« PreviousContinue »
MONCRIEFF HILL,APPROACH TO PERTH.
botanist, be gratified by the acquisition of many rare and beautiful plants.
Although a favourable gap in the ridge which Moncrieff Hill terminates, has been taken advantage of to carry over the high-way, yet the pull is steep. The top attained, Perth and its enchanting environs are in view. From this spot, the invading legions of Rome caught an enraptured view of a vale, beautiful as the fairest Eden of their native Italy. They descended and pitched their tents; for now they exclaimed, “We have found another field of Mars on the banks of another Tiber!' Succeeding ages have enriched, softened, and harmonized the features of this scene, the sequestered character of which the town
the whole Carse of Gowrie, with all the noblemen and gentlemen's seats, are distinctly seen, with the town of Dundee and Broughty Castle at the influx of the river to the sea. In a pare ticular attitude are to be seen Perth and Dundee in one view. When we turn to the west, Strathearn lies open, with a view of many noblemen and gentlemen's seats. At the west end is an curve of the Ochil hills, which intercepts a vietv of Stirling castle; but we see the hills of Monteith beyond it.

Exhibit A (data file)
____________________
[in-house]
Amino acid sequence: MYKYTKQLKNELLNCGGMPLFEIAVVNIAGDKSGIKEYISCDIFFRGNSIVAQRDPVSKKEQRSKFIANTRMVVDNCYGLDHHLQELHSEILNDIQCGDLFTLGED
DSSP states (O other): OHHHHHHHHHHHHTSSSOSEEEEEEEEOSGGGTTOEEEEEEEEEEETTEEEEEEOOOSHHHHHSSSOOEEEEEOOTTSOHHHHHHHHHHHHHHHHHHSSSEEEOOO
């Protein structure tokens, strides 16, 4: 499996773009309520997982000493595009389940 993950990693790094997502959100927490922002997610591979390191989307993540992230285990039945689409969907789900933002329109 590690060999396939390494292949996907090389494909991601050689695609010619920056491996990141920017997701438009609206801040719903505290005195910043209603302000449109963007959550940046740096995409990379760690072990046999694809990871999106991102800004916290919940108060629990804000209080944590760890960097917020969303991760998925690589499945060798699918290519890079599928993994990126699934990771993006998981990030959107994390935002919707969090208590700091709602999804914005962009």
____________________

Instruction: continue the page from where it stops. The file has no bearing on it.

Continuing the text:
On the highest summit of the hill there is a circular fossé above sixty yards in 01«m. ter, in the middle of which stcol Carnac Fort, which belonged 10 the Picts. There were several loitresses on the top of hills through the kingdom, which served for watch. towers. On the tops of these they used to kindle fires on sudden invasions, insurrections, or the approach of the enemy. These signals were communicated from tower to tower, until the whole country was alasmed, and flew to arms. They were attended with the blowing of horns, which was a signal of war. Three miles south-east from this hill is to'be seen Abernethy, the metropolis of the Pictish kingdom."-CANT.